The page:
It's also not clear that the story told about the 'primitve' folks and their weird mistaken beliefs is actually a historically accurate one. Which the wikipedia article also addresses in part.
I find a blog post that just regurgitates the 'cargo cult' metaphor as if the author had invented it, and also without doing any research into the accuracy of the actual story he's telling about "Papua New Guinea" -- to be kind of insulting to the reader, and lazy on his part.
As a small piece of proof that I didn't try to act as if I made it up--I linked to the Wikipedia post about the term cargo culting.
I have been thinking about cargo cults a fair bit recently in a (non IT) area.
EDIT: On further reading, I think I have a better idea now, but I'd still be interested in your thoughts.
"A comparison of status relationships in the different “fields” shows a definite common pattern. The dominant feature, which makes status relations among the Econ of unique interest to the serious student, is the way that status is tied to the manufacture of certain types of implements, called “modls.” The status of the adult male is determined by his skill at making the “modl” of his “field.” The facts (a) that the Econ are highly status-motivated, (b) that status is only to be achieved by making ”modls,” and (c) that most of these “modls” seem to be of little or no practical use, probably accounts for the backwardness and abject cultural poverty of the tribe. Both the tight linkage between status in the tribe and modl-making and the trend toward making modls more for ceremonial than for practical purposes appear, moreover, to be fairly recent developments, something which has led many observers to express pessimism for the viability of the Econ culture."
Kanban-style inventory replenishment is amazing for the automobile industry and manufacturing in general, but would be a disaster for package fulfillment for the likes of an Amazon warehouse. Logic Programming languages have been amazing at building Business Rule Expert Systems and Artificial Intelligence agents, but fail miserably at programming device drivers and OS kernels.
Likewise, the buzzwords that most people identify as meaningless buzzwords(eg. Object-Oriented of 15 years ago or Cloud Computing of 5 years ago or Big Data today) all have legitimate uses. And while most CEOs only pay lipservice to the concepts, you have no idea if those "buzzwords" are actually helping them out. You may think they look foolish, but they may be using it, in their context, very profitably.
The real lesson you should learn from Cargo Cults has nothing to do with avoiding buzzwords and the people that spout them. It is that you should learn how to identify appropriate vs inappropriate abstractions to the problems you face.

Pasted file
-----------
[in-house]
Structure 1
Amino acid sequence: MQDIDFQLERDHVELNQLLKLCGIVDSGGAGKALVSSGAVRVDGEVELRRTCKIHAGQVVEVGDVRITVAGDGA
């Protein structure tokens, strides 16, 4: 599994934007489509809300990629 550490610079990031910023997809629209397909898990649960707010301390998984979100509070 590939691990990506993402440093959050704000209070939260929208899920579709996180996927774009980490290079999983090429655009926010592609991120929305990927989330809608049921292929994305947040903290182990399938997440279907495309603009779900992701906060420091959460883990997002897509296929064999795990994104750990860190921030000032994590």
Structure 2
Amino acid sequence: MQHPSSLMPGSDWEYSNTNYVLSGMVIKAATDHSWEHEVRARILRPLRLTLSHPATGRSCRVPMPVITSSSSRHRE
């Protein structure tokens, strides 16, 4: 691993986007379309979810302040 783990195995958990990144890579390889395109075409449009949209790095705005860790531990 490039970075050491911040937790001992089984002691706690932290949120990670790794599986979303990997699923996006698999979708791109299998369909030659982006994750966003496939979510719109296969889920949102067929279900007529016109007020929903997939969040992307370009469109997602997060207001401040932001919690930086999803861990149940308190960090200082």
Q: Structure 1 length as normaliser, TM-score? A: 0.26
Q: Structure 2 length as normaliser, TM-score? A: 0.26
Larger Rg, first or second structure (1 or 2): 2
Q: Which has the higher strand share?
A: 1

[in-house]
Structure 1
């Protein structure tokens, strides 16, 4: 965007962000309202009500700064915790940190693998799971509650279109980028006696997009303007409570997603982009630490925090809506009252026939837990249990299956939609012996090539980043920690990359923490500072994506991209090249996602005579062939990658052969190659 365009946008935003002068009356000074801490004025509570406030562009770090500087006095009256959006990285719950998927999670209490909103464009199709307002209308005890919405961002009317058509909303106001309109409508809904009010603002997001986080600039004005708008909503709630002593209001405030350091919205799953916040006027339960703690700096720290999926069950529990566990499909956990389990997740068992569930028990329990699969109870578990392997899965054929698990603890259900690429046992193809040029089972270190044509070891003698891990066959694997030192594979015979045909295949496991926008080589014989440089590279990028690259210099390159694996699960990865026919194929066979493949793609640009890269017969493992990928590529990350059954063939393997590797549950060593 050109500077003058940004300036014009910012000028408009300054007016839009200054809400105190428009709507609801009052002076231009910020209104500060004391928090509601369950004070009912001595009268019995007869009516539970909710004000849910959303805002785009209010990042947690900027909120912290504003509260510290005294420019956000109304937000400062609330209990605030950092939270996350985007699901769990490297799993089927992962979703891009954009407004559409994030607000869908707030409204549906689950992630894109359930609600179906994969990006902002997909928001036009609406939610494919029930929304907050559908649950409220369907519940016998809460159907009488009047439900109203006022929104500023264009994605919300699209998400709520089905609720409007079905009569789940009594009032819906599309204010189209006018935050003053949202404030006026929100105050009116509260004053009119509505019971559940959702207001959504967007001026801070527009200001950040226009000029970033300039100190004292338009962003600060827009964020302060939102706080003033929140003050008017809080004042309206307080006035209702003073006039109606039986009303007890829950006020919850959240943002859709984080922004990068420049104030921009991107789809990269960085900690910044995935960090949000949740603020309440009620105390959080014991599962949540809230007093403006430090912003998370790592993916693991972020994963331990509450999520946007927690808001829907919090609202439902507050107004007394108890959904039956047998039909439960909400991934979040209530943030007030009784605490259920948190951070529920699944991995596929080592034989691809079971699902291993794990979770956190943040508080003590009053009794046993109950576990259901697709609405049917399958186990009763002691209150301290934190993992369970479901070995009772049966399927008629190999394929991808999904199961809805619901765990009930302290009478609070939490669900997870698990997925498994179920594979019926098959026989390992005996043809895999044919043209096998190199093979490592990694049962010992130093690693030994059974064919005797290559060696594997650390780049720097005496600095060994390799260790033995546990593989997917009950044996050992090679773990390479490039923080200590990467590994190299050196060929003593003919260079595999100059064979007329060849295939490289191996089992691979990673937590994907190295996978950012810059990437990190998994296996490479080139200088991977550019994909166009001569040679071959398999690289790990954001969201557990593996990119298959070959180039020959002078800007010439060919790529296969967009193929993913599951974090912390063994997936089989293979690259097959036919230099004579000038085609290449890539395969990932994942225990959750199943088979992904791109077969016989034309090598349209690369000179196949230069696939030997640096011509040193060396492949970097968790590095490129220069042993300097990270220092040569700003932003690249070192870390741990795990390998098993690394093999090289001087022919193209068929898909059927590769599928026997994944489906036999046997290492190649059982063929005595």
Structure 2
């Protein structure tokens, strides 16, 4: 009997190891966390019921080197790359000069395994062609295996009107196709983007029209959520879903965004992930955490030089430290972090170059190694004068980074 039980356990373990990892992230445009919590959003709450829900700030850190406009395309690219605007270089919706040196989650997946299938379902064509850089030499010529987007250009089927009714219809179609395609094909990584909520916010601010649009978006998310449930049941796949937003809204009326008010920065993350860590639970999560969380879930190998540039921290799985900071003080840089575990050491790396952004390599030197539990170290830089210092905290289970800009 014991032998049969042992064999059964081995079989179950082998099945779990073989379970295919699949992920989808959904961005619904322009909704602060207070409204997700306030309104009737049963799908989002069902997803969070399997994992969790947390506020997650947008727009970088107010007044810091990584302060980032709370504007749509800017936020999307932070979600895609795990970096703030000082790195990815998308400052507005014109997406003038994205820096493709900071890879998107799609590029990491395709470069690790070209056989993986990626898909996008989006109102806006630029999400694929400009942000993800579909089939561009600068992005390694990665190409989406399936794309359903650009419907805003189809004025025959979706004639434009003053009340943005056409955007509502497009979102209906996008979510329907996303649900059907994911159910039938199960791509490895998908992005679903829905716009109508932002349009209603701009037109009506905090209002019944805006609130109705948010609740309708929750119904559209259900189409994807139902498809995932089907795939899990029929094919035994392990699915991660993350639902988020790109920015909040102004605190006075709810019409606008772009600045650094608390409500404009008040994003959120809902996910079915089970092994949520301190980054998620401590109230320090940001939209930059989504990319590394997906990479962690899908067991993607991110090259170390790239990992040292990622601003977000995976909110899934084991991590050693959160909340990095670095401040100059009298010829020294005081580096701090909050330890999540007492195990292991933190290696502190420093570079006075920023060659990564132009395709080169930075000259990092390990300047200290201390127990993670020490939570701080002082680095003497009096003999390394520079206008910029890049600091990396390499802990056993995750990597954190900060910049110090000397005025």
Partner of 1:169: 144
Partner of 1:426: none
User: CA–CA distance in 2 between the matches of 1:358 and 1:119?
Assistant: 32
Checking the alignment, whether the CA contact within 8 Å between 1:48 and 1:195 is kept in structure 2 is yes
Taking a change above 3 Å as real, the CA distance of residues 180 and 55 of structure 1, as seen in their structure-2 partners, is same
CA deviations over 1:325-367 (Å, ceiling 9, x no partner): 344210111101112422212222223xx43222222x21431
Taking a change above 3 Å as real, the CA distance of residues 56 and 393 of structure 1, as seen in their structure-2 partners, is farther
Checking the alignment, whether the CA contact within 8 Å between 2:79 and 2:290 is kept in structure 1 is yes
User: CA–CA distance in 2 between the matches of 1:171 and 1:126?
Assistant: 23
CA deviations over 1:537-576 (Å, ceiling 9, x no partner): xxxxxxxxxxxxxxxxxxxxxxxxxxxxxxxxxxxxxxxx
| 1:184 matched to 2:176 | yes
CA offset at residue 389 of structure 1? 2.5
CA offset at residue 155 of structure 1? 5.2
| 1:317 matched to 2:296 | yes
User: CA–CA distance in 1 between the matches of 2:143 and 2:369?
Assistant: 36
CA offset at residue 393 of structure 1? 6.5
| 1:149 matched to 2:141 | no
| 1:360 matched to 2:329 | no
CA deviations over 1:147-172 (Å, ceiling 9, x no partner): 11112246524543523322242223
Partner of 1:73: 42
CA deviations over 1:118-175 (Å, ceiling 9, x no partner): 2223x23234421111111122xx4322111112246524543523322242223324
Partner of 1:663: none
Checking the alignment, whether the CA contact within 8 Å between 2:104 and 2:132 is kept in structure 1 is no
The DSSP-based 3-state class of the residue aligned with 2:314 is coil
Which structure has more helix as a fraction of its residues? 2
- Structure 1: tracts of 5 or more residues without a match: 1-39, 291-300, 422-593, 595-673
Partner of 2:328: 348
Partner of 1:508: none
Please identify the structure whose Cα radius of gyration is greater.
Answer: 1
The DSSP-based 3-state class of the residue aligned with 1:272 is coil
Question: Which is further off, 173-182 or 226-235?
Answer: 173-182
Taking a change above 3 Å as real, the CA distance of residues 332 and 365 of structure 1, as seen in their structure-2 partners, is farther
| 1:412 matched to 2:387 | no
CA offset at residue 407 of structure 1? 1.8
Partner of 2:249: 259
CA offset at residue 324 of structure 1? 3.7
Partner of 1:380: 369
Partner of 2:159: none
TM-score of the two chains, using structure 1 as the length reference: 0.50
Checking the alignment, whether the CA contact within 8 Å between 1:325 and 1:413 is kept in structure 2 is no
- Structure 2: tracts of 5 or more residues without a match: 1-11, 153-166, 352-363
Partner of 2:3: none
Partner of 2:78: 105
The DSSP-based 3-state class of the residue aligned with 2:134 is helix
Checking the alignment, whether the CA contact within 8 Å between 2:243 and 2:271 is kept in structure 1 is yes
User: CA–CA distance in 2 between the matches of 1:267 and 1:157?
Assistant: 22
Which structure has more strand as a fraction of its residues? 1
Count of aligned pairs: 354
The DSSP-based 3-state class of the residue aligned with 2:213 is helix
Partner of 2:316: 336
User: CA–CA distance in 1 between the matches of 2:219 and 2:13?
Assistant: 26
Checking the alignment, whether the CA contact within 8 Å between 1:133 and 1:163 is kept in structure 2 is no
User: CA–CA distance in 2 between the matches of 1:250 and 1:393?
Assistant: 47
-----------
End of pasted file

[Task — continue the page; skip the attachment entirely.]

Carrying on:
As a UX professional, I'm often told that we can just copy the menus in someone else's product, or the colors they've chosen, or any number of other decisions they've made about form and function.
It's why you see printers with touchscreens where buttons would actually work better, cars with vestigial body effects that do nothing, skeuomorphic elements where none belong, or "flat UI" where a bit of skeuomorphism would have helped the user.
There's no substitute for starting from user and business needs, instead of "what do the other guys do?"
I'd love it if more people started dismissing the idea of "cargo cult design."
These days I write "enterprisey" software and I've found that a clear simple design with controls that people understand is much better than an unconventional design (even if the unconventional design is more rational).
I suspect this is related to the classic principle of least surprise/don't make me think mantra.
That said I'm a back end developer who can handle some front end stuff and most definetly not a UX expert so my opinion is worth what you paid for it.
I've been bootstrapping my business, and when it comes to things like designing my homepage I can try to reinvent it from the ground up, or I can follow the cargo cult and copy the Stereotypical Startup Home Page (as patio11 calls it) and move on.
Unoriginal, yes. But it frees me from making that decision, and I know there is some sensibility behind it, even if it is a cargo-cultish thing.
I'm sure everybody does that, they just rationalize what they're doing as not just blindly copying, by coming up with "everybody knows" reasons for design features without any data to back it up.
The problem is that except where you are familiar with all the relevant technical details (and I mean technical broadly here), you end up having to fall back on other methods of evaluation. In the best case, you'll have the advice of an expert who is truly familiar with the relevant details, or enough of them to form good approximate insights.
Probably at least some of the time, though, you don't have access to that expert (or, worse, you're not equipped to distinguish an expert from a bozo). So, you back on heuristics... like social proof and examples of success...
The Wikipedia article on cargo cults is surprisingly fascinating: